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President Obama says he plans to keep pushing for action on climate change after his presidency ends in January. 

During a tour of Midway Atoll near Hawaii on Thursday, Obama told The New York Times that he plans to use his “megaphone that even an ex-president has” to raise awareness and craft policies designed to combat climate change after he leaves office.

{mosads}“One of the things that I probably can do best is — in addition to shining a spotlight — helping citizens who are concerned about this to mobilize and shape political strategies so that on a bipartisan basis, we can be more effective in dealing with these challenges,” Obama said. 

Part of that will mean reaching out to Republicans, he said, who “until now have been resistant to the science” behind climate change. 

Obama said he hopes to “argue to them that if the private sector and the business community is embracing an agenda of clean energy and dealing with climate change effectively, and insurers are pricing how they think about flooding and hurricanes and drought and wildfires based on projections that we’re seeing of climate change, then there’s no reason why this is something that should be a partisan issue.”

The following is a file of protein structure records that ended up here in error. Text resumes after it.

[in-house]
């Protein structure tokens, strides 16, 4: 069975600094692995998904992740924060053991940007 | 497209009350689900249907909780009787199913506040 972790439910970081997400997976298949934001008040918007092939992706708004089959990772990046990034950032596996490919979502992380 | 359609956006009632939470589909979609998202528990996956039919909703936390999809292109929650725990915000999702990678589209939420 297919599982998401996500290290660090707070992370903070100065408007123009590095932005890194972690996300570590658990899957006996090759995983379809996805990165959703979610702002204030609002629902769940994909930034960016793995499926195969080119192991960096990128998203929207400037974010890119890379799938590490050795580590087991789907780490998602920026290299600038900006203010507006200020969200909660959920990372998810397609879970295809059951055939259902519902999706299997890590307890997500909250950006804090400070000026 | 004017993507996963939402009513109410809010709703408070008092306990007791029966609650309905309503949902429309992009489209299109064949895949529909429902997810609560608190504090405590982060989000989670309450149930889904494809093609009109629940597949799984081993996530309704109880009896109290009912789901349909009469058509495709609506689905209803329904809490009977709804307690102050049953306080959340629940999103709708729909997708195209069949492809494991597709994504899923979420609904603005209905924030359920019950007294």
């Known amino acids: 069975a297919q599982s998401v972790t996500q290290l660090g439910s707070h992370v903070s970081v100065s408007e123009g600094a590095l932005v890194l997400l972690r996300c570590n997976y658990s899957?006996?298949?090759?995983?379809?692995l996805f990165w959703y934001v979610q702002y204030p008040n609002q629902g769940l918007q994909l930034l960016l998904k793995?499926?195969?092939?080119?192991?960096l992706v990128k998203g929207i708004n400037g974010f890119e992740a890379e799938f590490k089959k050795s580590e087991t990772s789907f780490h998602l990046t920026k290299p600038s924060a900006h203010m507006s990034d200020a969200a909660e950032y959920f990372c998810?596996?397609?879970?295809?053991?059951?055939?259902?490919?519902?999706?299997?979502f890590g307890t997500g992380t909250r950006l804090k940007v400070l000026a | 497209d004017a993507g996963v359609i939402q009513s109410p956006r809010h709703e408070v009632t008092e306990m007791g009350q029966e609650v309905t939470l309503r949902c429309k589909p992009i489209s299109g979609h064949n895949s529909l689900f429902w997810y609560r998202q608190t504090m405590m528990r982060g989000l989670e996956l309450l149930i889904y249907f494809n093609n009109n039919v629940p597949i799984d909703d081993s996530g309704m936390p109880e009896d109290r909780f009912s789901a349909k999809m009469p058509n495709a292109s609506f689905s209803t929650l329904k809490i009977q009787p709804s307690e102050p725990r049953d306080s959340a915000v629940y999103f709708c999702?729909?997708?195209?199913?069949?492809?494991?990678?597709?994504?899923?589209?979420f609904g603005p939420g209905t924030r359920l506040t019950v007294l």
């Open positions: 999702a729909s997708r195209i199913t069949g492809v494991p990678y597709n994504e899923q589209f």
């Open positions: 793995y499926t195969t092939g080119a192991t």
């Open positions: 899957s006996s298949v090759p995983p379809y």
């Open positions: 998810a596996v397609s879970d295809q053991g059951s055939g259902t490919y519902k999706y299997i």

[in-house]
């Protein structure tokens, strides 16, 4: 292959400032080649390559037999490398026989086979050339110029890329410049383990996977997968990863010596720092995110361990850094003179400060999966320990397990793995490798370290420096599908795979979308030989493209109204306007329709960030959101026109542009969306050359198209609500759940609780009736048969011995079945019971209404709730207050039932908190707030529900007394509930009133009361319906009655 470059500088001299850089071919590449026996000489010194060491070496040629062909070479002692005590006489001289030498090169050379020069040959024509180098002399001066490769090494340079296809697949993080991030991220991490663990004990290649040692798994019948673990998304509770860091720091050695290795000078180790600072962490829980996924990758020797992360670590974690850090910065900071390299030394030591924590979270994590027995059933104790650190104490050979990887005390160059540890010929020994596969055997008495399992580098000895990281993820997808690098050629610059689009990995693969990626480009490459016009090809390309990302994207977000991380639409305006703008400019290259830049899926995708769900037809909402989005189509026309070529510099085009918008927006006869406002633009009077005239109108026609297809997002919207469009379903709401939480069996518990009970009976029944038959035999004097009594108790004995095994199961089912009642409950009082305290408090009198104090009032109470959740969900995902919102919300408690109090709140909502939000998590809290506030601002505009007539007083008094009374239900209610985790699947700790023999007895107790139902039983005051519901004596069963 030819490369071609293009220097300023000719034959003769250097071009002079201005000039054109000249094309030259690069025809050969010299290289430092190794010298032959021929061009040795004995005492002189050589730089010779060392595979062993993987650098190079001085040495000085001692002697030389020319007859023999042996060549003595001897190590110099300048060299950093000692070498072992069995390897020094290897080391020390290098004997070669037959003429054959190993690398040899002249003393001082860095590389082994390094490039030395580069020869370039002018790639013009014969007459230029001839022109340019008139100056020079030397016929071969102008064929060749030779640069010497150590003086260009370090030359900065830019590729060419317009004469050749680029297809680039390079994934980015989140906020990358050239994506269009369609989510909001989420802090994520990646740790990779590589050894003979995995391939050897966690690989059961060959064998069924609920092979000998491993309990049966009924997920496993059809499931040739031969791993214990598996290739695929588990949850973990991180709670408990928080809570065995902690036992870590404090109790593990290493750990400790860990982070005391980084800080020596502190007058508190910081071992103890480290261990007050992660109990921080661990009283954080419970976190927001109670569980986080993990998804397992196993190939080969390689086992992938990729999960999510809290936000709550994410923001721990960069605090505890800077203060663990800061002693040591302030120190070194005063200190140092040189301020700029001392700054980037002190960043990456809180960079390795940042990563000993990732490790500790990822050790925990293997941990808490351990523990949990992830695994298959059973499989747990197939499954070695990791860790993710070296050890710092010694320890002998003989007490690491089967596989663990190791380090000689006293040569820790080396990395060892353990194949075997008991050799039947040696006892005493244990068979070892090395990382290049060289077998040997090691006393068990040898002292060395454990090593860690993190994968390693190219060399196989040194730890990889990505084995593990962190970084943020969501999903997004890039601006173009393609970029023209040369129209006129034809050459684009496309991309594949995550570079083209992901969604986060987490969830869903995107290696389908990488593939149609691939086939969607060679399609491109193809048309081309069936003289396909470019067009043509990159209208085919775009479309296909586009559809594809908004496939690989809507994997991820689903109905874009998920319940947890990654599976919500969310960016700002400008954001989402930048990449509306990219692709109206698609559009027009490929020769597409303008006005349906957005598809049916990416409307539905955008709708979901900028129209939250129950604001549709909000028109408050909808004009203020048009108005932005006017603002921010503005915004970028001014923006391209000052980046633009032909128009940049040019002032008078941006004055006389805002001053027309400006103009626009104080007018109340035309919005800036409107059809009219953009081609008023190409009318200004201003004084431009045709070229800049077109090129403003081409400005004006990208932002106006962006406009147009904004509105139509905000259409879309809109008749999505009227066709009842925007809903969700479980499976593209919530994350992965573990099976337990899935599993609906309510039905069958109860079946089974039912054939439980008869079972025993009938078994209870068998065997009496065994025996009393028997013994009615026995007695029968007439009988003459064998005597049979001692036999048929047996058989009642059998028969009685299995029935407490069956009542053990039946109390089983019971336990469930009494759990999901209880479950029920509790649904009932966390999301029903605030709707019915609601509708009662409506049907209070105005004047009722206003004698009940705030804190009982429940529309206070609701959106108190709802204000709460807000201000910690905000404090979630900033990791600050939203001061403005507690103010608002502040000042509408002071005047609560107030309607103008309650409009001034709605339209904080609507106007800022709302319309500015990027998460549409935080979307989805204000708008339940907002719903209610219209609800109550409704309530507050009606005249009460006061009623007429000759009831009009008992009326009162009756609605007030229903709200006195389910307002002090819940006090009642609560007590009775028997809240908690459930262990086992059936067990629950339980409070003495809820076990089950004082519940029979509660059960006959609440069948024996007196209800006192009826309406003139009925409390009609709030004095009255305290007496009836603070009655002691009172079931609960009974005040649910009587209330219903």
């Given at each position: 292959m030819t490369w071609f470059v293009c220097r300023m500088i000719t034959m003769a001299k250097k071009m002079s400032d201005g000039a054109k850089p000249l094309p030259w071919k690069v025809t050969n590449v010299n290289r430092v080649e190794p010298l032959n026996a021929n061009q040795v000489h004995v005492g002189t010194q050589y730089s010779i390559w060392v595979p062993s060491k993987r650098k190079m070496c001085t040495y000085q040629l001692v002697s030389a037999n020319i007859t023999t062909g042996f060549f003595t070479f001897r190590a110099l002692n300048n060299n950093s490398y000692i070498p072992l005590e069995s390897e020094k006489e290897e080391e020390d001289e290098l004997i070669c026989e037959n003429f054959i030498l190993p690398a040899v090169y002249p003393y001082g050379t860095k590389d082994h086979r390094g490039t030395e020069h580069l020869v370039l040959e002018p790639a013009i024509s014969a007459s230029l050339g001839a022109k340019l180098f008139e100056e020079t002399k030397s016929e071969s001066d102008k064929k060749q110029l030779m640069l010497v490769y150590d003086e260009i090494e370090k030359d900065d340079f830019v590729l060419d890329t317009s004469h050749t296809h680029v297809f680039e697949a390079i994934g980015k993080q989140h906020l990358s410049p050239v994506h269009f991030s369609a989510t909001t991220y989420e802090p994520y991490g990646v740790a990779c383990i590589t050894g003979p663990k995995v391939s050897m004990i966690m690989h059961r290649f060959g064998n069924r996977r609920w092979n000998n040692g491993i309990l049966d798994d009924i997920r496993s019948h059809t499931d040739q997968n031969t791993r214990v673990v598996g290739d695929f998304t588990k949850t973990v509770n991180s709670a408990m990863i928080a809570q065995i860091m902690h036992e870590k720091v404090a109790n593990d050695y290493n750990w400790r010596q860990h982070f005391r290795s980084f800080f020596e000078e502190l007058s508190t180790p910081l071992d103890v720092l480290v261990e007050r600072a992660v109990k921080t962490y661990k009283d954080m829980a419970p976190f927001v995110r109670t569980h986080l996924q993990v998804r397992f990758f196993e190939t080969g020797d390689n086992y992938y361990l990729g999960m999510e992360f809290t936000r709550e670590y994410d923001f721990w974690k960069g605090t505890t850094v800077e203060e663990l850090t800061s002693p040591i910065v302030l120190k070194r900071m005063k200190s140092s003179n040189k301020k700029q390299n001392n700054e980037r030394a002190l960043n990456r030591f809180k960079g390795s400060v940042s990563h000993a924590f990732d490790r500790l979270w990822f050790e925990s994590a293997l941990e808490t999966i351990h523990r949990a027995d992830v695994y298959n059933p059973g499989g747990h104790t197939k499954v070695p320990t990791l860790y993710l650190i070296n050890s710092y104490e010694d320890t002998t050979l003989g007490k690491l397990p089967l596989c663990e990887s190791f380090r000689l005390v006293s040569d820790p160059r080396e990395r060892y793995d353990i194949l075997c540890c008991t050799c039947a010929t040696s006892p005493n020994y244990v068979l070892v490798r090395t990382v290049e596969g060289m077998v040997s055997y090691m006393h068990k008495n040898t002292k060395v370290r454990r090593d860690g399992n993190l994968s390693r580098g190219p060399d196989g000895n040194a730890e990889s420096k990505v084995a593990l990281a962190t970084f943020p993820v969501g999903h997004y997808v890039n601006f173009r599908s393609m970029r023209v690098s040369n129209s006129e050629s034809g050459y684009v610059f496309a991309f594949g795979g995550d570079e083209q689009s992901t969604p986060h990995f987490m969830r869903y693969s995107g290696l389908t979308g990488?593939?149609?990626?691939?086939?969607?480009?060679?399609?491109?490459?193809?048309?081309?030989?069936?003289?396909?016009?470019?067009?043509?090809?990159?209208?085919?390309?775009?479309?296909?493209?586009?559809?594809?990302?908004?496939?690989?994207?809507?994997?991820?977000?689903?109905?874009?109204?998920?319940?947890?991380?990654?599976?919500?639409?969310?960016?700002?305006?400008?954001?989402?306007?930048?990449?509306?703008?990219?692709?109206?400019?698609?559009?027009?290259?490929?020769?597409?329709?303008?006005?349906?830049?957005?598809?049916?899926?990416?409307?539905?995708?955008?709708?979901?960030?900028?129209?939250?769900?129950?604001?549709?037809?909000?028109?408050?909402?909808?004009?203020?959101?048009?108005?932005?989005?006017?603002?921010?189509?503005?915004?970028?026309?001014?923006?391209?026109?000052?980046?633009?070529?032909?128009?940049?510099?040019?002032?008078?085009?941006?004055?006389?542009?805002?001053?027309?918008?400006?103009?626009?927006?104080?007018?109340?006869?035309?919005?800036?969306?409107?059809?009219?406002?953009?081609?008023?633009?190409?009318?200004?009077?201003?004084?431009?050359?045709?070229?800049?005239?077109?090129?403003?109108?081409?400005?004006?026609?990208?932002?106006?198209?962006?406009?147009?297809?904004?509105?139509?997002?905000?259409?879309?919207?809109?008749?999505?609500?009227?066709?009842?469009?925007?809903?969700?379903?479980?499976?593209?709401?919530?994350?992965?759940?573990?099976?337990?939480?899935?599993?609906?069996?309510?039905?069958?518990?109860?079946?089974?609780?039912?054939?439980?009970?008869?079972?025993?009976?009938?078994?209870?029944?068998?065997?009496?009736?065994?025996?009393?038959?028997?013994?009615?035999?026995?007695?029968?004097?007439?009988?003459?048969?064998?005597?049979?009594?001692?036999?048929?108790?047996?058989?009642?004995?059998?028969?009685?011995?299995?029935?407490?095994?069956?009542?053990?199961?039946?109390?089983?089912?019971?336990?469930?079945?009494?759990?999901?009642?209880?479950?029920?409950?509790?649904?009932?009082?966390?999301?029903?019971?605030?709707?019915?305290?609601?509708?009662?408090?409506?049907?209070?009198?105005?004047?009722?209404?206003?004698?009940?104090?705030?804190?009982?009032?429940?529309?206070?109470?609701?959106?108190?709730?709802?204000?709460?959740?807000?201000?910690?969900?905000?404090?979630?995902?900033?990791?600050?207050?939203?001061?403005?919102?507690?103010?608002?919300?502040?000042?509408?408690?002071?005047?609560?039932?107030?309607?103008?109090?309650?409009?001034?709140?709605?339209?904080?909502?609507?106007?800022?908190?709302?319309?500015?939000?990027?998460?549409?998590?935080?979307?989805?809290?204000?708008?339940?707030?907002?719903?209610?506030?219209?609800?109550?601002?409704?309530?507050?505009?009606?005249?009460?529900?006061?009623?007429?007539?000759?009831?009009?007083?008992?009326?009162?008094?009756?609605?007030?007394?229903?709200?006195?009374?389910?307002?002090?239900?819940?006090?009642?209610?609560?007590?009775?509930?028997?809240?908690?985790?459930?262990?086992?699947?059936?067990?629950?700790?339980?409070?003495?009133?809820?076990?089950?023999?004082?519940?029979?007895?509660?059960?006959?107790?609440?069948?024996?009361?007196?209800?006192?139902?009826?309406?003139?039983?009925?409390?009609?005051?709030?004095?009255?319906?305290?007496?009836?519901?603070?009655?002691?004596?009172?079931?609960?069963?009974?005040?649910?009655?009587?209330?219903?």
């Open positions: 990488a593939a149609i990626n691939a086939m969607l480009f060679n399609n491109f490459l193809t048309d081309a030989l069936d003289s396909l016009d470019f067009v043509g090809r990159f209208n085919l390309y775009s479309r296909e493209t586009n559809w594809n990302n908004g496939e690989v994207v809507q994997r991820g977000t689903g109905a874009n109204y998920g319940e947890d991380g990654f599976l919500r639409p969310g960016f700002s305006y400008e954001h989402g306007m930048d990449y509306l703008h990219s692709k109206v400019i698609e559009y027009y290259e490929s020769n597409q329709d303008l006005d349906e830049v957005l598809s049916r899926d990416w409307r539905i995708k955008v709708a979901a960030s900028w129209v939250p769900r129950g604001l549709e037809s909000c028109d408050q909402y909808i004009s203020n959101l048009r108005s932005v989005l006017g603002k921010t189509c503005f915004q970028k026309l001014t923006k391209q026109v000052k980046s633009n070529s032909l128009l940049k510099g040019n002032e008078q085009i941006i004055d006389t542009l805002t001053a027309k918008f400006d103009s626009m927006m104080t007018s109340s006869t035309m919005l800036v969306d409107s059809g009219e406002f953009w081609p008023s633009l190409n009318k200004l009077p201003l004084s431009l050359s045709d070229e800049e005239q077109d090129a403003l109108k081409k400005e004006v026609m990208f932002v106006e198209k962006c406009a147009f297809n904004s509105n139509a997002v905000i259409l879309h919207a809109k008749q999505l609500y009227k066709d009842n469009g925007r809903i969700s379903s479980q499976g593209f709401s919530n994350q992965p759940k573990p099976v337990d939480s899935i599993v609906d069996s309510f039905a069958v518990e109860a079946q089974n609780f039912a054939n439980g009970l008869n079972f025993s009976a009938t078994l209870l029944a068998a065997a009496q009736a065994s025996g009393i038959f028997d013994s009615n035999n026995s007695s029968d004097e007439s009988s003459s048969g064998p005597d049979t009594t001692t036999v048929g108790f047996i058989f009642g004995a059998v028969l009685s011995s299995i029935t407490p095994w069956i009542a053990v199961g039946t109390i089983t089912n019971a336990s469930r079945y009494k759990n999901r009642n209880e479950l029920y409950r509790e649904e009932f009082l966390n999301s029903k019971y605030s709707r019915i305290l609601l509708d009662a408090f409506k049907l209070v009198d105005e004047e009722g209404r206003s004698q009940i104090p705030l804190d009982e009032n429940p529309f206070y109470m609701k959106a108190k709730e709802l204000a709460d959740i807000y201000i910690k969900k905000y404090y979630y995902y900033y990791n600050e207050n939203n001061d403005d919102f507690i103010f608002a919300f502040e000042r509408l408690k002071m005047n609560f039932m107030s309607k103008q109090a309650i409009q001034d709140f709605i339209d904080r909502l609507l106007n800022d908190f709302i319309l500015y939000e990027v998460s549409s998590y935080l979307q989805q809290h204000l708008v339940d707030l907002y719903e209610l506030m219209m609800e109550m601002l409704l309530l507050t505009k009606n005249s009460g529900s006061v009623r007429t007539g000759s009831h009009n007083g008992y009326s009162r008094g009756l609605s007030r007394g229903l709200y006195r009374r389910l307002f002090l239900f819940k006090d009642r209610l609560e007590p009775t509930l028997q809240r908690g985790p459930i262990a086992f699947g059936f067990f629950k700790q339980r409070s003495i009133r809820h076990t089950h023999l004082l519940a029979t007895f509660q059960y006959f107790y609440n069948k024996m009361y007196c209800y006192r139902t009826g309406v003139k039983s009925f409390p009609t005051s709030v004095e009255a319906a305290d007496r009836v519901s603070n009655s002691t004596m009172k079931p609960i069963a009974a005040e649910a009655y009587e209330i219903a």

Obama has won praise from environmentalists for his climate change agenda, which has been among the most aggressive of any president. His work on the issue ramped up in his second term, when he issued federal rules to reduce greenhouse gas emissions and committed the United States to an international agreement designed to combat climate change. 

He has frequently clashed with Republicans, though, who have not signed off on his plans. Lawmakers on Capitol Hill have tried to undo his climate work legislatively, and state Republicans have challenged him, with some success, in the courts. 

But he said he hopes to be able to make a more convincing case for climate change action after he leaves the presidency. 

“This is something that all of us are going to have to tackle, and maybe I get a little more of a hearing if I’m not occupying a political office,” he said.

Obama has made climate change the main topic of his swing through Hawaii and Midway this week. He’s going to China for a G-20 summit this weekend, where he and Chinese officials are expected to formally join the Paris climate deal.

This post was updated at 10:19 a.m.

Tags Barack Obama Climate change

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